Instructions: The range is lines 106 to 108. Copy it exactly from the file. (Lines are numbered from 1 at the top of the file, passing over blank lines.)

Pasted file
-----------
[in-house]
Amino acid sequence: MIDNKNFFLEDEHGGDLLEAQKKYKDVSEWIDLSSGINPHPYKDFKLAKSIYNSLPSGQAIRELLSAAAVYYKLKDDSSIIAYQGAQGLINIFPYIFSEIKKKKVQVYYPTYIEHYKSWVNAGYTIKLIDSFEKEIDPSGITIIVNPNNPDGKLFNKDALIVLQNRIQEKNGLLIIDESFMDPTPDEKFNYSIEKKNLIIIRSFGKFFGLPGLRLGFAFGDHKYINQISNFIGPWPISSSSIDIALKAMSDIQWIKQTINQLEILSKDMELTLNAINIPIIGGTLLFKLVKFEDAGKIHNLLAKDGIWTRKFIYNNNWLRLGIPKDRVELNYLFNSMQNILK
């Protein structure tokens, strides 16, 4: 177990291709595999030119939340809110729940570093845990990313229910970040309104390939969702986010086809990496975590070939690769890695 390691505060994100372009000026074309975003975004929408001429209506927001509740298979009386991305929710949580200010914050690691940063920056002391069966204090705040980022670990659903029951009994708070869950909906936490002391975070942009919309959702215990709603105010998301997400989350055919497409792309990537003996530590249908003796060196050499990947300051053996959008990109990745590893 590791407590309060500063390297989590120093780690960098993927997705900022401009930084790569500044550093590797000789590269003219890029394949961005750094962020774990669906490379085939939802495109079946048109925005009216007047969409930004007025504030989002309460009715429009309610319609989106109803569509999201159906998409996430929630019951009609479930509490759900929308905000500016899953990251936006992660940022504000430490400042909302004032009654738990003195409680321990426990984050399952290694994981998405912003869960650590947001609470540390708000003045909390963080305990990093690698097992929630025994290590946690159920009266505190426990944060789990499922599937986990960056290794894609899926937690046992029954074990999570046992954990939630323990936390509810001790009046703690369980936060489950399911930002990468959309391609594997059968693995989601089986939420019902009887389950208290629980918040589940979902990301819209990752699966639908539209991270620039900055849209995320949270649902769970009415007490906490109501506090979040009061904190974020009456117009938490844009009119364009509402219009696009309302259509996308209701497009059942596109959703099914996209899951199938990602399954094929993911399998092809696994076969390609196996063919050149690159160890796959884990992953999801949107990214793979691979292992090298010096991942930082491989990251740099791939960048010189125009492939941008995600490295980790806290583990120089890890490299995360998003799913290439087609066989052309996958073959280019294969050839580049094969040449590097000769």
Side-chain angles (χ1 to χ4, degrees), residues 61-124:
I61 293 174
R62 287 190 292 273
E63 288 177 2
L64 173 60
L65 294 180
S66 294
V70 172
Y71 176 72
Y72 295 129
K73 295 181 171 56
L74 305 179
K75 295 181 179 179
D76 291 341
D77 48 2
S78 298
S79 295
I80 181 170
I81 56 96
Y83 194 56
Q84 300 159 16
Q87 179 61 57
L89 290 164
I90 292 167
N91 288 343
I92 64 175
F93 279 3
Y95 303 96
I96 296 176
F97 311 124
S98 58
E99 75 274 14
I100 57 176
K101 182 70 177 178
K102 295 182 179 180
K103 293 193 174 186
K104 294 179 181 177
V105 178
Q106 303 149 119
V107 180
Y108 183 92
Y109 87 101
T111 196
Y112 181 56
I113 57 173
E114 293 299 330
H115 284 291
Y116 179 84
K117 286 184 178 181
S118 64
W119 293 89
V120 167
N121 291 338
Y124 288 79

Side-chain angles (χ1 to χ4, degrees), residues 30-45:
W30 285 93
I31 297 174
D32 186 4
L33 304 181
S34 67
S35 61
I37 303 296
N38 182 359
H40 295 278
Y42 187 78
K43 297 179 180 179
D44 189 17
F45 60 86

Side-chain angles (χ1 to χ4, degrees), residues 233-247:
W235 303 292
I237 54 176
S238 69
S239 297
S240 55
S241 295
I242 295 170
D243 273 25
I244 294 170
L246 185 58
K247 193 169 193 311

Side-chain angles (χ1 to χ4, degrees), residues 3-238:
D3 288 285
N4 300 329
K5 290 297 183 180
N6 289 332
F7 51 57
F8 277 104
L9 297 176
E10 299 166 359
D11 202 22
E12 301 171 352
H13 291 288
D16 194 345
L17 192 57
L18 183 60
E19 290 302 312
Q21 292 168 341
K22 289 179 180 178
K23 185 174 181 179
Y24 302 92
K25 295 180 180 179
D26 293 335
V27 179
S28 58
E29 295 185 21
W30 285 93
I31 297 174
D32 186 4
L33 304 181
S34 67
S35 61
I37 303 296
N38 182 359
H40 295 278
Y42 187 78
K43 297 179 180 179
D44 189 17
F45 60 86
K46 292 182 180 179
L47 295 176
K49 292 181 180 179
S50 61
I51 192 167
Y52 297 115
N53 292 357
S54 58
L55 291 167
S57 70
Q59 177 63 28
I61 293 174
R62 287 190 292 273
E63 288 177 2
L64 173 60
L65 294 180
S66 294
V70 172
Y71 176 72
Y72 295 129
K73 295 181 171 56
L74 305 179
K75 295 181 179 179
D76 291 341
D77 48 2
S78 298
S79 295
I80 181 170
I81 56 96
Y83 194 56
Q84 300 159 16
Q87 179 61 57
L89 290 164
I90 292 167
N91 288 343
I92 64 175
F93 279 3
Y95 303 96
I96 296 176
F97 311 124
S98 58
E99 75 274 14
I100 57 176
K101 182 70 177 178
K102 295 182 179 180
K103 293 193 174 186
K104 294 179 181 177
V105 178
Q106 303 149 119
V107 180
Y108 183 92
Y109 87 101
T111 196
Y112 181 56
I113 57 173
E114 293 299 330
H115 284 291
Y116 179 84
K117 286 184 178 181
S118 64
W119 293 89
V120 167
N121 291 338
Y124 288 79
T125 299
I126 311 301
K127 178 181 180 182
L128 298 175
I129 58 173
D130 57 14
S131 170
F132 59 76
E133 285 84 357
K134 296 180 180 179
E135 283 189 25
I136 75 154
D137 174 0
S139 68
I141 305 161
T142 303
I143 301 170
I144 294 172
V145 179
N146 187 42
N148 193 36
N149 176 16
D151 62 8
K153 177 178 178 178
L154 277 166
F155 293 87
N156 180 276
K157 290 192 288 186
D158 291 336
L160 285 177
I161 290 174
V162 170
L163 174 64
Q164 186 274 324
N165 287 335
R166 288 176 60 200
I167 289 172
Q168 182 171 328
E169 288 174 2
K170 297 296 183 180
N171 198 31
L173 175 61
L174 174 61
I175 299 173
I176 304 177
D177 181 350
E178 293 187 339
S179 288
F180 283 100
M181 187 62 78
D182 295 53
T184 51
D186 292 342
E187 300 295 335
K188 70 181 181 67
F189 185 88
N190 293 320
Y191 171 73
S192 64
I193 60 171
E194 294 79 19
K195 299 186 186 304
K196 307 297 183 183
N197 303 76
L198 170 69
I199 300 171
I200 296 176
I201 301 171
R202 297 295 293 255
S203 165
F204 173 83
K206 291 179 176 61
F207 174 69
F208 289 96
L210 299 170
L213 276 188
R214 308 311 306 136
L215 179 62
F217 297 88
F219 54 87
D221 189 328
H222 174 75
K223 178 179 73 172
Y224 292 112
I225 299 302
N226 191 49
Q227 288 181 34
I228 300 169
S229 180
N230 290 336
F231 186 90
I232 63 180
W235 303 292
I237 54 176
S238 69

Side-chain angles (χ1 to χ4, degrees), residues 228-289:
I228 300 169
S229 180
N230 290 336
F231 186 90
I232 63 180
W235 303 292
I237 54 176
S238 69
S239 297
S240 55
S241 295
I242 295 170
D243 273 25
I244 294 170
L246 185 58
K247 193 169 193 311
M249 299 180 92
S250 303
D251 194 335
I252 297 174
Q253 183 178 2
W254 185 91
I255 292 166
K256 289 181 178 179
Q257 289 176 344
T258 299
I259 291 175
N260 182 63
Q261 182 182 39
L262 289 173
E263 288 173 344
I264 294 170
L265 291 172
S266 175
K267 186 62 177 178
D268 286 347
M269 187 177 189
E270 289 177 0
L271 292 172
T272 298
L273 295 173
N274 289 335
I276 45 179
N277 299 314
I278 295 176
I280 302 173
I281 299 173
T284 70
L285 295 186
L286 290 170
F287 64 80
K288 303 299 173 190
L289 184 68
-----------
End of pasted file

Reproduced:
V27 179
S28 58
E29 295 185 21